• Chris Stein, CFP®

How Do I Know Which Survivor Social Security Benefits to Claim?

A reader would like to know about claiming Social Security benefits on his deceased spouse's record.

"My wife passed away last year. Can I claim benefits under her earnings when I turn 62 next year and then change to use my earnings when I reach my full retirement age?"

There are a couple of moving parts to look at here. First of all, until several years ago, if you had reached your Full Retirement Age (FRA), you were able to file just a spousal claim and then switch to your work record later. It was called filing a restricted application.

That's been phased out, but there are still a few people grandfathered into that option. But, for the most part, you can no longer pick and choose like that. You are now always deemed to be filing on your own record.

However, that doesn't apply to survivor benefit claiming. What you're describing is claiming survivor benefits on your deceased wife's Social Security record. And in that case, you can file just a survivor benefit, and then wait, leaving your benefit unclaimed – and growing – to as late as age 70.

At that point, if your payment is larger than that of your survivor benefit, you would switch to the larger payment at 70. You could choose to switch before that, of course. You mentioned switching at your FRA, which would be somewhere between age 66 and 67, depending on your date of birth.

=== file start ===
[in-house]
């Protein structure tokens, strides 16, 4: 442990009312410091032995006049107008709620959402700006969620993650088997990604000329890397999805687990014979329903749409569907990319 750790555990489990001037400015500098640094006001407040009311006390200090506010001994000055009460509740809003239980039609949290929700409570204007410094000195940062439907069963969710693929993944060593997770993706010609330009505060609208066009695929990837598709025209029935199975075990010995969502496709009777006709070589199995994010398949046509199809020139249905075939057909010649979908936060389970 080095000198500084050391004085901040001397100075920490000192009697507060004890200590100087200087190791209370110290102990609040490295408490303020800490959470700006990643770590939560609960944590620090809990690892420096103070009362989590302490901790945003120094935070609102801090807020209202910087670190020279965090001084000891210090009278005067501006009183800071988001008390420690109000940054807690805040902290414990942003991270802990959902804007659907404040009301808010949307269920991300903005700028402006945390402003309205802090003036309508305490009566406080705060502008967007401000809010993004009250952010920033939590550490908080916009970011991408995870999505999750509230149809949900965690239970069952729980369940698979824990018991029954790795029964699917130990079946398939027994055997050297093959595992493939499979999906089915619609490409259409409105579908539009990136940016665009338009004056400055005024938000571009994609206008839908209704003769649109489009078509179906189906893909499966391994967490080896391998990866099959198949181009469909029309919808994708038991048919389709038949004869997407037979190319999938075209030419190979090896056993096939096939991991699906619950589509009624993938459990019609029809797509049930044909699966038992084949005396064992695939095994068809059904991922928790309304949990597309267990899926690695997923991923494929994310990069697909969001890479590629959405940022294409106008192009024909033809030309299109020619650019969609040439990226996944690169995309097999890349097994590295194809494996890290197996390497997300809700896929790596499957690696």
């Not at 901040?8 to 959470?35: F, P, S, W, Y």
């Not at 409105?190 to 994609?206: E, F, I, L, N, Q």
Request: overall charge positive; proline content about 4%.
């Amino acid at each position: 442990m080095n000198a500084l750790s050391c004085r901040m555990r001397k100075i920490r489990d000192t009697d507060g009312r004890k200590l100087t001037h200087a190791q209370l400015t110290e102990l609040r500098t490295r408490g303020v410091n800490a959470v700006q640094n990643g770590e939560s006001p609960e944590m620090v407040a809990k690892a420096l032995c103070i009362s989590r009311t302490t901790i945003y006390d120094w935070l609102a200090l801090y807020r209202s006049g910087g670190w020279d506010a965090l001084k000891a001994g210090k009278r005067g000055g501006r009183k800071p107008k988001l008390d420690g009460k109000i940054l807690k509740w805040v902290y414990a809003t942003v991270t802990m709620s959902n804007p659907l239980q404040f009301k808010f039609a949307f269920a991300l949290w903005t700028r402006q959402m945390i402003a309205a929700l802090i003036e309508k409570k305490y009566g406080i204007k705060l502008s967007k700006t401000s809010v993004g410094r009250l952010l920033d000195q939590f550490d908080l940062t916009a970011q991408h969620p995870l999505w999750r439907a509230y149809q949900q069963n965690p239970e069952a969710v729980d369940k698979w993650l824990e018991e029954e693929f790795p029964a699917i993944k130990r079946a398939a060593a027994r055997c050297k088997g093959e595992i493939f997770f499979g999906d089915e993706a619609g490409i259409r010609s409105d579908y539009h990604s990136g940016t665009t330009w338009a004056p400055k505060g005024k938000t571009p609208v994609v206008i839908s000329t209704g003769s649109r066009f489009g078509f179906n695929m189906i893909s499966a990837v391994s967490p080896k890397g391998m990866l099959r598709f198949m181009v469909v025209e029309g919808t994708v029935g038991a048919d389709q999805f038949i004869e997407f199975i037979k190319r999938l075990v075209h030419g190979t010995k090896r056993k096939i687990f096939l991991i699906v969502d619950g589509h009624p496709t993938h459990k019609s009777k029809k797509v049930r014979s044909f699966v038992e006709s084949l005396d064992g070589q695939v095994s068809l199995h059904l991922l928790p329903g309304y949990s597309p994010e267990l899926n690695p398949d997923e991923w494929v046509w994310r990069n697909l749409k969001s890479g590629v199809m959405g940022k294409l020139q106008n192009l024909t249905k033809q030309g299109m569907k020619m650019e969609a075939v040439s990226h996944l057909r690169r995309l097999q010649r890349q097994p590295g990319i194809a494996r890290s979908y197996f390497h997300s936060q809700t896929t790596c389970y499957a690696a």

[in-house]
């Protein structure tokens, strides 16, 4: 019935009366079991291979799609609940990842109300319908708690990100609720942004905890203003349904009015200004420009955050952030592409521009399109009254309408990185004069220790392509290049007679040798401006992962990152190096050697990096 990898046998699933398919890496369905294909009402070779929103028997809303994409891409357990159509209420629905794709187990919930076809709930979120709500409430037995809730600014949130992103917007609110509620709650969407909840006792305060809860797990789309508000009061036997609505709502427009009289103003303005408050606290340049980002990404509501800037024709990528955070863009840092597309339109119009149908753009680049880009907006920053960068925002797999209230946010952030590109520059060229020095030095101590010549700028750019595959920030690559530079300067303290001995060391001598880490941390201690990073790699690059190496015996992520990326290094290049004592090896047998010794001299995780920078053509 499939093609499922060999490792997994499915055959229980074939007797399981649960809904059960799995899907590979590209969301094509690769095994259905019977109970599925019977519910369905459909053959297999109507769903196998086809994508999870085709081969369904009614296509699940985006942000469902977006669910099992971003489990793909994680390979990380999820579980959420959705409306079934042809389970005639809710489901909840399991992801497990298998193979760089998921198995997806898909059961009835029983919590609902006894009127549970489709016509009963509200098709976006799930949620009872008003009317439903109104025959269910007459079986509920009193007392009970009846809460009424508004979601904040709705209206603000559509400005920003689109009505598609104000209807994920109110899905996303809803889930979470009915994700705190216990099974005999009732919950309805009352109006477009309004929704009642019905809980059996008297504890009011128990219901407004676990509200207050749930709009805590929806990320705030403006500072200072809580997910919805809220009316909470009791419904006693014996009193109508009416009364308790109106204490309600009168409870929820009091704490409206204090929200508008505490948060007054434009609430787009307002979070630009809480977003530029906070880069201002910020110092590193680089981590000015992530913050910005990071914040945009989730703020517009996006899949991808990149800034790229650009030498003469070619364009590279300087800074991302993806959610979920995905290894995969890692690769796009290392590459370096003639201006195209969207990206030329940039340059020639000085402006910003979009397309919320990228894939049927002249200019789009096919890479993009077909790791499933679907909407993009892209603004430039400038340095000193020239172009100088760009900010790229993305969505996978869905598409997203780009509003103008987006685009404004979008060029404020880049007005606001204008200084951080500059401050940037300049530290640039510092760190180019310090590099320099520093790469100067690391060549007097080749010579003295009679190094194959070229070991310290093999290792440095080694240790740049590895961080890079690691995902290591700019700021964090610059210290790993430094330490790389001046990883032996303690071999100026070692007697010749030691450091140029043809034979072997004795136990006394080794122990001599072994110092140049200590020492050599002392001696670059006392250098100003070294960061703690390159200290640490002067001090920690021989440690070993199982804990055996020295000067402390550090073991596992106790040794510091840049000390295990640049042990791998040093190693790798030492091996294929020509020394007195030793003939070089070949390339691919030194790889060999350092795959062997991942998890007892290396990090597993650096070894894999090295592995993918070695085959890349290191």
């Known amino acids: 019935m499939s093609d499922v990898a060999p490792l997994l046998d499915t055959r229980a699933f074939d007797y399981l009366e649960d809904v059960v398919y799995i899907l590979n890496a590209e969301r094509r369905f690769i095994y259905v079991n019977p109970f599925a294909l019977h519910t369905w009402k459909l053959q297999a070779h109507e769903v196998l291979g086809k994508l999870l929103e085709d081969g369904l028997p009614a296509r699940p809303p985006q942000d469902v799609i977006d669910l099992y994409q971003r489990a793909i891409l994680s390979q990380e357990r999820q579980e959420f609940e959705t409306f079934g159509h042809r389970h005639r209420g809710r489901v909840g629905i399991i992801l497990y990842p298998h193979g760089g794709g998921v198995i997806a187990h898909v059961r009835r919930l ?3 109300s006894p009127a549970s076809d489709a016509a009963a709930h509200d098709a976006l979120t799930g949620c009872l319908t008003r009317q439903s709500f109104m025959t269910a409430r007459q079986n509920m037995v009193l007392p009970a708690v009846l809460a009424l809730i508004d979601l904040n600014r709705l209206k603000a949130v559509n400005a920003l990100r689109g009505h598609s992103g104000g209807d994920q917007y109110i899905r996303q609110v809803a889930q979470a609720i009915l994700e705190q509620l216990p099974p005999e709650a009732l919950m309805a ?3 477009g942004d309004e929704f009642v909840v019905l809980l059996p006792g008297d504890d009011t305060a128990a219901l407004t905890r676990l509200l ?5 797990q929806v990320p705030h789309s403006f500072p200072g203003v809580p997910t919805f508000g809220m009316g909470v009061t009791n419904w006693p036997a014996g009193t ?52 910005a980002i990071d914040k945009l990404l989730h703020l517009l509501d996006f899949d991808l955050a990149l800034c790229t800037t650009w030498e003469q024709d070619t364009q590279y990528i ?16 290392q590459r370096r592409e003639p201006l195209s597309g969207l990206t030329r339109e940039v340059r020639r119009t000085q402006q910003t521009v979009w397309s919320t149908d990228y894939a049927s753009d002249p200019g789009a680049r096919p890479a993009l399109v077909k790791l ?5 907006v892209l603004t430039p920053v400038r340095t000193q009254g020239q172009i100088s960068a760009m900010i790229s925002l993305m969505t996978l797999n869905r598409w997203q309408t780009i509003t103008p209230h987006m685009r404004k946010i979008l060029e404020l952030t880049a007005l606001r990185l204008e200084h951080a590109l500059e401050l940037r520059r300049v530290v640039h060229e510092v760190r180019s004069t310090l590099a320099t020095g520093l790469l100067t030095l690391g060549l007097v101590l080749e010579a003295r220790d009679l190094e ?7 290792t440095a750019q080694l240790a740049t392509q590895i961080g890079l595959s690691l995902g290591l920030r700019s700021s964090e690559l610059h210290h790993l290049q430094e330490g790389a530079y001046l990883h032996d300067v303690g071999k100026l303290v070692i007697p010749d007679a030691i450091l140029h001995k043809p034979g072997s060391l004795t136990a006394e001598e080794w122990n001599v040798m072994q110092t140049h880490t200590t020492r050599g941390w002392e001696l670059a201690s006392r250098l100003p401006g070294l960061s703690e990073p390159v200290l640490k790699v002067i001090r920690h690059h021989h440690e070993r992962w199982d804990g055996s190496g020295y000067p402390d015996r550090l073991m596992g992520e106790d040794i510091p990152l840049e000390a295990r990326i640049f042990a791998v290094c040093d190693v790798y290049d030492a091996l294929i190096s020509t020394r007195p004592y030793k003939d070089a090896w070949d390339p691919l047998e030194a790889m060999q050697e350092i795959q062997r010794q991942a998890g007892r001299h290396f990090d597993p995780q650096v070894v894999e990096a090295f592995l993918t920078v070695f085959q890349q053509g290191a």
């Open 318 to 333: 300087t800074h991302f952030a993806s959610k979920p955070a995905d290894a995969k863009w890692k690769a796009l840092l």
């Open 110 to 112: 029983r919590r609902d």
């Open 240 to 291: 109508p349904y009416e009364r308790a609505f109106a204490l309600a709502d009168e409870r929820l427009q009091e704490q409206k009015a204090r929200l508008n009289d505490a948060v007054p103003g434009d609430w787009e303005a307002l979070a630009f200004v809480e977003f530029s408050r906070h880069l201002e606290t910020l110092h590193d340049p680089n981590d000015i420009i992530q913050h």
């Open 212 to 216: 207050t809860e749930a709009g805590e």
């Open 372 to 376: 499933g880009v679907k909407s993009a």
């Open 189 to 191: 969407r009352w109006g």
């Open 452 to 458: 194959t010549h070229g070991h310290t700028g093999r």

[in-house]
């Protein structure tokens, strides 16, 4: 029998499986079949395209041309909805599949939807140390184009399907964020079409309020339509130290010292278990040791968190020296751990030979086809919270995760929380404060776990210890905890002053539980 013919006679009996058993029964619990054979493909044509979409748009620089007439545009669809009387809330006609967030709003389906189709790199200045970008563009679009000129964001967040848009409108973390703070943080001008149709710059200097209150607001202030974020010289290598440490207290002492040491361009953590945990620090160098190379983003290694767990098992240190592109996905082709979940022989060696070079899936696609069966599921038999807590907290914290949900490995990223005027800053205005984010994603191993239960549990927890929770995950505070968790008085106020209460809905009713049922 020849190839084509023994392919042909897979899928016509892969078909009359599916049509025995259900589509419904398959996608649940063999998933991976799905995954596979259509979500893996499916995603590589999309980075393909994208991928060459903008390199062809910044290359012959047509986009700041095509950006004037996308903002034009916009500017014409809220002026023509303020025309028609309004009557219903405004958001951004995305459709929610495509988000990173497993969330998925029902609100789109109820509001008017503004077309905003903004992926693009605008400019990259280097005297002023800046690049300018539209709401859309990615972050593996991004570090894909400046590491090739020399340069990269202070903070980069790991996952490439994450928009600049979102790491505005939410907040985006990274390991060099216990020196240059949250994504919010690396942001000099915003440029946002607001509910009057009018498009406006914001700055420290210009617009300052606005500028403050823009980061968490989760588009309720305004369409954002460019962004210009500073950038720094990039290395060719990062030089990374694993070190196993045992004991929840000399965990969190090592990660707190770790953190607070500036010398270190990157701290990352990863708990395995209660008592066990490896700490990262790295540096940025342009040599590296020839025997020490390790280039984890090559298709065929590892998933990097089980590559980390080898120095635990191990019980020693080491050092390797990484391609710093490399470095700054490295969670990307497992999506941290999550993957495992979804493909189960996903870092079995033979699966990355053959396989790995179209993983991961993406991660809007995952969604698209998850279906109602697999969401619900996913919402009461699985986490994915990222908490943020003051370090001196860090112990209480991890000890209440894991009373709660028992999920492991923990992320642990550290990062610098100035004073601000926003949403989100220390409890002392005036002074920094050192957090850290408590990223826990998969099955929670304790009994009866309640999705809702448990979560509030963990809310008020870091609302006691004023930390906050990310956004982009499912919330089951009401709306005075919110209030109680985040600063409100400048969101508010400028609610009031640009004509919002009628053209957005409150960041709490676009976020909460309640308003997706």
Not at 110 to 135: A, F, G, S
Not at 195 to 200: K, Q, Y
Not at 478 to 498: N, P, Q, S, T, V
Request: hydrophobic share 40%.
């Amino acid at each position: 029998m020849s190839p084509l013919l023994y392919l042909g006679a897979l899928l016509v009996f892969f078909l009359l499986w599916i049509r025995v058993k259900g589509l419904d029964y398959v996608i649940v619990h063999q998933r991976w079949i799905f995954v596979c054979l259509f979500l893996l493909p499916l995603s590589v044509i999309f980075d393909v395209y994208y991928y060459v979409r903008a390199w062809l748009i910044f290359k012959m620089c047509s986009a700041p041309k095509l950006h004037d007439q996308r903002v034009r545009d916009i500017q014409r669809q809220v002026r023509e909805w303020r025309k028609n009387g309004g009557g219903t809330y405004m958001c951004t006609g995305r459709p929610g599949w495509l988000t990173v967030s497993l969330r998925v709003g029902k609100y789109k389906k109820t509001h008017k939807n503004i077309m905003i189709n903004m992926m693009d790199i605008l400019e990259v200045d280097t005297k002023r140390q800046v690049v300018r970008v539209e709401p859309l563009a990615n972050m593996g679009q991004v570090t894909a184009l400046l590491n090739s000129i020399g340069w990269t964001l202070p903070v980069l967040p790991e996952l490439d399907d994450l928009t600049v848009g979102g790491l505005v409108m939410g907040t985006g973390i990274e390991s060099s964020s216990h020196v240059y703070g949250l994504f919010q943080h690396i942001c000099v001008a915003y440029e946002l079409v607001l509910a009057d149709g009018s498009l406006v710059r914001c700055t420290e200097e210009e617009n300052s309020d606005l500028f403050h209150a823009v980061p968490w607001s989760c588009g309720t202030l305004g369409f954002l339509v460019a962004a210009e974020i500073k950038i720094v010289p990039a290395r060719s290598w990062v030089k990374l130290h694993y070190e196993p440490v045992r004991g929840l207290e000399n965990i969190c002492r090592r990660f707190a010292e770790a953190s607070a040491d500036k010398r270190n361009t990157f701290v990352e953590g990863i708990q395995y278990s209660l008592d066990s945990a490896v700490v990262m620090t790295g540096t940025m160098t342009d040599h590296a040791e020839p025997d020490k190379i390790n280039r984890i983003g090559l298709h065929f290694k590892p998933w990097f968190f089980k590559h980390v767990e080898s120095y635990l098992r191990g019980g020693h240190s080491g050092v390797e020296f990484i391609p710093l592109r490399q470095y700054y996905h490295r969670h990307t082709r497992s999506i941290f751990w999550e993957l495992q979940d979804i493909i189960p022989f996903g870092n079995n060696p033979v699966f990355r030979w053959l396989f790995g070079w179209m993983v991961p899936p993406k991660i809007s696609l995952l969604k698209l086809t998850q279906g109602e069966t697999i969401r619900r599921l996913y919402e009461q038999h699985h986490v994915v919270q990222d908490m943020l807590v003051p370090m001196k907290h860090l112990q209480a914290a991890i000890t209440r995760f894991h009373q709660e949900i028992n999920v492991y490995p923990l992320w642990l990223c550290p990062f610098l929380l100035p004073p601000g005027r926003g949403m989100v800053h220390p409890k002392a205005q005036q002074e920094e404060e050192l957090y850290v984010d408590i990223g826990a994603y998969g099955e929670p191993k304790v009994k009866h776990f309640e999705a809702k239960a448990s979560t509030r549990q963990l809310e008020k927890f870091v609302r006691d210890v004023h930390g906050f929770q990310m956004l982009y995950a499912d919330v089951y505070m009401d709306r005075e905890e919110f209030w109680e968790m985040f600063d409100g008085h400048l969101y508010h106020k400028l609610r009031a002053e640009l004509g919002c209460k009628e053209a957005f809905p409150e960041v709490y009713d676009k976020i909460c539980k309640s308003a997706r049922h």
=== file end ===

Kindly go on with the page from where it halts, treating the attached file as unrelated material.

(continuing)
So, yes, under current law, you can absolutely do what you're asking.

The other 'moving part' is this: I think you have age 62 stuck in your head because that's the youngest age at which you can file a spousal benefit claim or a claim of your own. But survivor benefits are available as early as age 60. You said you'd turn 62 next year, so that tells me you're already 60. That says you can file now.

You may not want to file because the earnings test that applies to your own benefits applies to survivor benefits as well. The "retirement earnings test" or RET kicks in when you claim Social Security benefits before you reach your FRA, and you continue working.

If you earn above a certain threshold, you are subject to RET. Social Security reduces your payment each month according to specific formulas until you reach FRA. However, the withheld benefits are not lost. Once you reach FRA, they are added back into your monthly benefit. And, if you continue working after FRA, you are no longer penalized.

If you are still working, you may find that claiming your survivor benefit does not help you as much as you are expecting.

If you're not working and you intend to claim your survivor benefit for the longest time possible before switching to your own benefit, you might want to crunch the numbers. You'll want to see if it would help and if you'd prefer to have that claim happen sooner than later.

Either way, technically, you are eligible to claim a reduced survivor benefit as early as age 60, and you've already met that requirement. You can, if you want to, but you don't have to. The decision is yours.

Jim's best friend Mosby

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